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Thursday, November 2, 2017

18 Ways to be a Dirty Backpacker

Alisha McDarris


For those uninitiated into the mysterious, intriguing, and often fairly unhygienic world of backpacking the globe, slinging a pack on your shoulders and setting off for foreign destinations and unknown adventures may sound fascinating and romantic, but I'm here to tell you that the life of a backpacker is often, if not always, less than glamorous. So if you think you're ready to head to the wilds of Asia or the deserts of Africa with nothing more than some canvas and polyester strapped to your person, read this guide on how to properly approach gaining status as a dirty backpacker. And if you can't stomach the day-to-day nitty-gritty, well, maybe you're not cut out for this.

1. Wash your clothes, including the underwear you're wearing, in a hostel sink filled with cold water and body wash that the guy in the bed below you left behind. They may smell like hormonal man-child for the first few minutes of wear, but it'll pass once your sweat soaks in.

2. Get an eye infection from not washing your hands every time you put in your contacts, then have to go to the eye doctor and get scolded by an optometrist who probably prescribes dozens of these antibiotic eye drops to dirty backpackers every week.

3. Wear the same shirt four days in a row. You've probably been in three different cities in that time span, so it's not like anyone is going to notice. Except maybe the guy standing next to you on the subway who could smell you when he got on.

4. Skip showering for at least a week because you can't find a free shower during a road trip around New Zealand.

5. Have to pee? Pull over and let it out on a cement wall by the side of the road. Everybody else in Europe is doing it.

6. Better yet, keep a small pot under the driver's seat of the campervan you bought/rented so when you have to pee in the middle of the night while freedom camping you don't have to get out of the car to go to the bathroom. Just be sure not to cook with that pot later. That's taking things a bit too far.

7. Do the smell test before you get dressed in the morning. But instead of the normal way where you hold an article right up to your nose, hold it at arm's length. If it still smells rank from that distance, then it's time to do some laundry.

8. Refuse to throw away clothing just because it has a few holes in it. It'll help keep you cool during those treks in 90-degree temps.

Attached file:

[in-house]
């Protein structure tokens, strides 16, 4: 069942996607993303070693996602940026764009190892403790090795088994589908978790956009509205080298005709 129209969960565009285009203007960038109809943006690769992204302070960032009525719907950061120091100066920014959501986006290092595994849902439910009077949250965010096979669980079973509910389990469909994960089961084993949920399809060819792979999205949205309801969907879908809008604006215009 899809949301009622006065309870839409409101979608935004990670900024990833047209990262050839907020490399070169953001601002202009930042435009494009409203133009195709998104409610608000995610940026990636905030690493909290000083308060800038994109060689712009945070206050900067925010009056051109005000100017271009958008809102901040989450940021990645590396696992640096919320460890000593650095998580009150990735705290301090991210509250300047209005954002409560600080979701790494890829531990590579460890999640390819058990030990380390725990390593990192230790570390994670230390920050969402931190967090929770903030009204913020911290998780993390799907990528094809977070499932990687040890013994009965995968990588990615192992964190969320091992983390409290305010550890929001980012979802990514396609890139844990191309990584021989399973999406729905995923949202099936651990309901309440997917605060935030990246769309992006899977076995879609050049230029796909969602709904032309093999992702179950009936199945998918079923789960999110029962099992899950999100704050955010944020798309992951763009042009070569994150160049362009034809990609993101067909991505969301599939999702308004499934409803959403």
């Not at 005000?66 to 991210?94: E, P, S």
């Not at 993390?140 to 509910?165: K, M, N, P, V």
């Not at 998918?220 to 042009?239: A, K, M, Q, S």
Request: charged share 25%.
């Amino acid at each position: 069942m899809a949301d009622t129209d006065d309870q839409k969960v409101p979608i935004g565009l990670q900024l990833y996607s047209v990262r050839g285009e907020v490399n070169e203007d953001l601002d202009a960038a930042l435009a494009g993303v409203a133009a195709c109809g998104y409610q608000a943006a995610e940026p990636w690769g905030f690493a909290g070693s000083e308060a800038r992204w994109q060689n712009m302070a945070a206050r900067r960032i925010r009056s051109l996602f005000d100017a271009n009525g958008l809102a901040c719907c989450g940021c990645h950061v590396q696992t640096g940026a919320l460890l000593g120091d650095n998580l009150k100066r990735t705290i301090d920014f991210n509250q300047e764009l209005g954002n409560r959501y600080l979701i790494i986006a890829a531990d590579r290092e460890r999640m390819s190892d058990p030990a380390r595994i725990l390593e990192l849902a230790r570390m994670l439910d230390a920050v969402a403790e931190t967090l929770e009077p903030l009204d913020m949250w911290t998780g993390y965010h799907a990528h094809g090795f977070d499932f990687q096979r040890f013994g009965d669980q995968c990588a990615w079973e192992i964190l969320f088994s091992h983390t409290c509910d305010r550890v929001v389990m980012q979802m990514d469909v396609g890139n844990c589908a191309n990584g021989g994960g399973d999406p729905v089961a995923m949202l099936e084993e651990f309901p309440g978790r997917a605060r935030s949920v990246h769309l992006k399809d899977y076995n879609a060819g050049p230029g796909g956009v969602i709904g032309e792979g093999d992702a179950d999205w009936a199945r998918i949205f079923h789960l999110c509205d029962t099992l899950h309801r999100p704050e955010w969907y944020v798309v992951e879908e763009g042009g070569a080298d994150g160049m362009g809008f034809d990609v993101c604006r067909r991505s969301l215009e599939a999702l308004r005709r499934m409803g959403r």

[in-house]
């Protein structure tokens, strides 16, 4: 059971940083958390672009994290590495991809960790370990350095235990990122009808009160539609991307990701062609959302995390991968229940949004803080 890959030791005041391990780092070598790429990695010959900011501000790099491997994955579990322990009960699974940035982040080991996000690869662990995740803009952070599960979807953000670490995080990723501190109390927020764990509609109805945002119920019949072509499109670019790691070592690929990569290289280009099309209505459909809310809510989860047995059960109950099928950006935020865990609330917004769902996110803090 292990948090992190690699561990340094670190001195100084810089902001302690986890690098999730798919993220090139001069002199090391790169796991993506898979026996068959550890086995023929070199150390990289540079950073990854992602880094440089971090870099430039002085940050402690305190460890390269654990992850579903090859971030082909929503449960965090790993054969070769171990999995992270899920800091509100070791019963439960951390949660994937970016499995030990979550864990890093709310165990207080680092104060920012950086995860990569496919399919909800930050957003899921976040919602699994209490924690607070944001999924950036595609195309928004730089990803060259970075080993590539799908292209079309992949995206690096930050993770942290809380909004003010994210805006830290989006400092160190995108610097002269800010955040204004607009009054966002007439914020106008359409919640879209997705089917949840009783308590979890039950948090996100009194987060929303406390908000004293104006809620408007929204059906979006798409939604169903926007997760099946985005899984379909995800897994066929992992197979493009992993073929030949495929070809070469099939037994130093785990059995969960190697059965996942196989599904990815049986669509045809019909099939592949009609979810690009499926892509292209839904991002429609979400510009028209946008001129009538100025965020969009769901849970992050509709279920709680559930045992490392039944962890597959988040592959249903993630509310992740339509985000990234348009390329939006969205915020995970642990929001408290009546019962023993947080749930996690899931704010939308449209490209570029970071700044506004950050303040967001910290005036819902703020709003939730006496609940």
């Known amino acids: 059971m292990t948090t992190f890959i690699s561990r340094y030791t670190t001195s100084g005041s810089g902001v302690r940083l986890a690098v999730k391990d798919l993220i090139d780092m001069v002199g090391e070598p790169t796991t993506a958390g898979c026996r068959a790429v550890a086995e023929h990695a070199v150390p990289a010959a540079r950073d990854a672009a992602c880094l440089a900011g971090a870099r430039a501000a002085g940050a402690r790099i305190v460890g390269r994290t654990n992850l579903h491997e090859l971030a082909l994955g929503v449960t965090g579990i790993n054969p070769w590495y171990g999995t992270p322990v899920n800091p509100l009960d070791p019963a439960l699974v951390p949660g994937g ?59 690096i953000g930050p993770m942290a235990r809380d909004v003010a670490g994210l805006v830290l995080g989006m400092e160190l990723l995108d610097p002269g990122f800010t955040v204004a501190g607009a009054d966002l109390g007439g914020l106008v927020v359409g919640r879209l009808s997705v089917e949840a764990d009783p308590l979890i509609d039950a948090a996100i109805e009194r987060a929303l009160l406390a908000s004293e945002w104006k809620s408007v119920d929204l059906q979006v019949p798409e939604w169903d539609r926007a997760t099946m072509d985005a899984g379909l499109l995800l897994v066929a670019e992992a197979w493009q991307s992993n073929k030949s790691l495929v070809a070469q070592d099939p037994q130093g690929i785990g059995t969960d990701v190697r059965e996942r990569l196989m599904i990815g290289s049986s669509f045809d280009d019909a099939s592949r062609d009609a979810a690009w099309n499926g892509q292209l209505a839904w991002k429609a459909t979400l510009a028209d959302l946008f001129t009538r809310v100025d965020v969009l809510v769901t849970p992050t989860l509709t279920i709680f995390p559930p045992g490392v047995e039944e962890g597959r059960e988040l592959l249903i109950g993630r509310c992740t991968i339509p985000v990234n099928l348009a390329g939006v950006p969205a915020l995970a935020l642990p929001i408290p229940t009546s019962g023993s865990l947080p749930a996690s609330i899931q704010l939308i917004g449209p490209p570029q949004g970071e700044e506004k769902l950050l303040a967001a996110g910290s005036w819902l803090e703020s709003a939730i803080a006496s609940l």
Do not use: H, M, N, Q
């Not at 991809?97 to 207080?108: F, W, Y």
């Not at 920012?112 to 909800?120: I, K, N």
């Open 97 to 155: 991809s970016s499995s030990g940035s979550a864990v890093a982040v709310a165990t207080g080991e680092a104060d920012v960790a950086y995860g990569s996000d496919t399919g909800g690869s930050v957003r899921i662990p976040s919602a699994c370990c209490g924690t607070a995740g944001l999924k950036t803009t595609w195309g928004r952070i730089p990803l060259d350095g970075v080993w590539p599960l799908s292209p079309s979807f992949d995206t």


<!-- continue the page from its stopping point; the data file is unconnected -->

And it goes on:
9. Likewise, what's a stain or two on a worn-out T-shirt? There's probably a story or two behind those spots! Wear them with pride.

10. Carry all your food in a plastic grocery bag along with a plastic spork and a napkin, both of which came from a McDonalds where you used the WiFi without ordering a meal, and have been used an indeterminate number of times without washing/disposal.

11. Go dumpster diving for dinner. It's a perfectly acceptable way to eat on a budget. Just make sure to sanitize it first; you're a dirty backpacker, not an animal.

12. Wear the same socks at least three days in a row. Drying laundry takes time! Time you don't have!

13. Make a sandwich on a park bench with only bread, a jar of peanut butter, and a jam packet you swiped from your hostel before you checked out. No knife? Spread it with your finger. You'll go back to eating healthy when you get home.

14. Shower in a hostel dorm bathroom. Without foot protection. Who knows the last time that thing was cleaned.

15. Sleep on your Couchsurfing host's sofa-bed, the sheets of which clearly haven't been changed in a while. It's free. No complaining.

16. Go out for the day in the same shirt/pants/socks you slept in because you managed to accidentally do all of your laundry at once, save for the clothes on your back, and everything but that shirt/pants/socks is hanging on the line to dry.

17. Take a sink-bath in an airport restroom because you've been traveling for over 48 hours and you can't stand the feeling of your own skin any longer.

18. After that sink-bath, find a cosy spot on a lightly-stained lounge or, at the very least, two chairs without an armrest between them, and break out the travel pillow and towel: you're sleeping here tonight because you can't be bothered to trek into the city, pay for a hostel, and trek back to the airport for that 8 am flight.

Alisha McDarris / Author & Editor

Alisha has been a writer and photographer forever. OK, maybe not forever, but at least for more of her 20-something years than she hasn’t been those things... [Read More]

1 comments:

  1. Good article, your sharing is so nice, love your work!

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